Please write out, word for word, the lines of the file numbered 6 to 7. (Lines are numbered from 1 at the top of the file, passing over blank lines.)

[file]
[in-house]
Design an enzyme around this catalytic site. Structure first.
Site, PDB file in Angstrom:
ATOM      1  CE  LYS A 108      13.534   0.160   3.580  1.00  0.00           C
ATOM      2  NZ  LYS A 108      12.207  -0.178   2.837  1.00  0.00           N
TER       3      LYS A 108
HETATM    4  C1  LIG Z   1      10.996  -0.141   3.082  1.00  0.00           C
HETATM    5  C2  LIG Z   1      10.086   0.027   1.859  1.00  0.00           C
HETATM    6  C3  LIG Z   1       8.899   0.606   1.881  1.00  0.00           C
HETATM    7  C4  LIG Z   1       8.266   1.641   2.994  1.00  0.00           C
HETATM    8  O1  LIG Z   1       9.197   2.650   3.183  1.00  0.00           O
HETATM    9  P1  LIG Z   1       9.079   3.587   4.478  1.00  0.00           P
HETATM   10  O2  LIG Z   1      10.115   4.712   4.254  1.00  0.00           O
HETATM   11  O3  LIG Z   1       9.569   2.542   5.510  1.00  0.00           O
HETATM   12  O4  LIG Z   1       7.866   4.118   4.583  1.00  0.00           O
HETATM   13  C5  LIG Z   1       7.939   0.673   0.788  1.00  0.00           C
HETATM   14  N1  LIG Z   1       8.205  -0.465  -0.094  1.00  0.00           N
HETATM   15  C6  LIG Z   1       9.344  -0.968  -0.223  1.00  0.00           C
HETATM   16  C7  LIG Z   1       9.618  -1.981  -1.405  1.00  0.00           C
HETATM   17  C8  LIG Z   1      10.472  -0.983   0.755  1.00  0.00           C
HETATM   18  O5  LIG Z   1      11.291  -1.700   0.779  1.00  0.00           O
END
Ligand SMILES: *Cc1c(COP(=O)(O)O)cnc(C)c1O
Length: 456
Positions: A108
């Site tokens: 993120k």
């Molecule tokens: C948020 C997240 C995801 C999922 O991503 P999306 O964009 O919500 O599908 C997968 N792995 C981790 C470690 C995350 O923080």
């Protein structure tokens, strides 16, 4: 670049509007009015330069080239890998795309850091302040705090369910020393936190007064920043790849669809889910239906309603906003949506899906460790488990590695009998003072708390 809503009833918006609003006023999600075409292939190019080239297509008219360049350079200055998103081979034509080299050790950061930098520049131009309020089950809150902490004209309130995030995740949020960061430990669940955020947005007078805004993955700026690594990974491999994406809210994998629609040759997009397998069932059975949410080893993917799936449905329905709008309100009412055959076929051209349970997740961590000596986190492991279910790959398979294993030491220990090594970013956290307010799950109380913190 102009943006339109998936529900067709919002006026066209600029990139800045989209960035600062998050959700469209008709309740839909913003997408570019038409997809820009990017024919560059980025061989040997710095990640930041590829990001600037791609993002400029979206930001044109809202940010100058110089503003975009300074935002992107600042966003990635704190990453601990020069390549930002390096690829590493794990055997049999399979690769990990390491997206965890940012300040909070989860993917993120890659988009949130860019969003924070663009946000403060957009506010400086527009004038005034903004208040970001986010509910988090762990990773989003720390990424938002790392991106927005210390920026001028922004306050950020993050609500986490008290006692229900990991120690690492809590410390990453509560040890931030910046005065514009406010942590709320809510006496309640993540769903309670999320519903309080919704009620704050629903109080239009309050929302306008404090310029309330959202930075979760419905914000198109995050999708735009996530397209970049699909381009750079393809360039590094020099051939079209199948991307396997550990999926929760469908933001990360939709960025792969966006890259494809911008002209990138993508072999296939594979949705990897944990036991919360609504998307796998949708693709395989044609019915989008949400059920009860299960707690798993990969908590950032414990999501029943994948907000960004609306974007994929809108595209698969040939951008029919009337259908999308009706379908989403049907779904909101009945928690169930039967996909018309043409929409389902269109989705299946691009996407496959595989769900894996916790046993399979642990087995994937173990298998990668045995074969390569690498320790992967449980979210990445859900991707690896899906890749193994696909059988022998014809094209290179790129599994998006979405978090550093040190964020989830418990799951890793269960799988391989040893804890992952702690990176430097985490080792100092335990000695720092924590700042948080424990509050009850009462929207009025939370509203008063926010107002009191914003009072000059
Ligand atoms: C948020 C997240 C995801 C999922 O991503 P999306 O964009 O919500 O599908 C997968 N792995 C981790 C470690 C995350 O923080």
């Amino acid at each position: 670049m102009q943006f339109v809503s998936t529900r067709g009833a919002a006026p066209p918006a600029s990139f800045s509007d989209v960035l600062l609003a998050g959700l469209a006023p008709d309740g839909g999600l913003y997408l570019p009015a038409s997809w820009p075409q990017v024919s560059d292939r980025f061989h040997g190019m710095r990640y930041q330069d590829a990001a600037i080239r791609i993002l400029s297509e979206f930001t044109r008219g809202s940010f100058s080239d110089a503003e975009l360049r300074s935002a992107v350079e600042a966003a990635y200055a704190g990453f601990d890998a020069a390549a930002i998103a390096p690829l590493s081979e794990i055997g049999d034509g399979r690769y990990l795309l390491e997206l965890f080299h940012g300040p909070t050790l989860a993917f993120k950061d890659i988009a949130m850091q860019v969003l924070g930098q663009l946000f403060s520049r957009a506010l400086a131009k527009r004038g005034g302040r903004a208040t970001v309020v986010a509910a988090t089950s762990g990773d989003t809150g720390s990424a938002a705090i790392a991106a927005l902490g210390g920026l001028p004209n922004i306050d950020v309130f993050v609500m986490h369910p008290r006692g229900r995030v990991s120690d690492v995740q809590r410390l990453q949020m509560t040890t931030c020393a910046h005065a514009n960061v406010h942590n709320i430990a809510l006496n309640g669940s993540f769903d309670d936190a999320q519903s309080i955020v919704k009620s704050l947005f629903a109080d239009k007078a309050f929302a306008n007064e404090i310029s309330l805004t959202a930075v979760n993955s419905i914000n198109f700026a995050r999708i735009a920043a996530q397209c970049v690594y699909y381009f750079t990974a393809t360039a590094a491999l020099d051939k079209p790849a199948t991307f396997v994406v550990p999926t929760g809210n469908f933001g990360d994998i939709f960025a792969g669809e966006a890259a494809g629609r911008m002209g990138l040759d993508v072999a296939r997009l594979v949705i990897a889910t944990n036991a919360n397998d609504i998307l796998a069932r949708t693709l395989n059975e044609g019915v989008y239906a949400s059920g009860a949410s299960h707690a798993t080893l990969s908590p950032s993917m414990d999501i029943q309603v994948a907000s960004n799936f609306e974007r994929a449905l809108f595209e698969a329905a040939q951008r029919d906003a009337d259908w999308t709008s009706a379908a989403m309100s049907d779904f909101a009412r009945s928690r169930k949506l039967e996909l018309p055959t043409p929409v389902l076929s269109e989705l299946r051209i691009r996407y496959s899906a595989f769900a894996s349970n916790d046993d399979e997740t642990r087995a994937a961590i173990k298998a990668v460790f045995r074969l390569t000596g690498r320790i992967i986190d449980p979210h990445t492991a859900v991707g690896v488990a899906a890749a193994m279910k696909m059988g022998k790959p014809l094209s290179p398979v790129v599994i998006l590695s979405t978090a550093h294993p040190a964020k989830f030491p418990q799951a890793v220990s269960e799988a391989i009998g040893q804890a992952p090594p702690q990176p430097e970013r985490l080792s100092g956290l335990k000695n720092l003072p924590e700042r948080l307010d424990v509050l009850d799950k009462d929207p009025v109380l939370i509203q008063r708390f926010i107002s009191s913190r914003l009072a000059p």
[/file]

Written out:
TER       3      LYS A 108
HETATM    4  C1  LIG Z   1      10.996  -0.141   3.082  1.00  0.00           C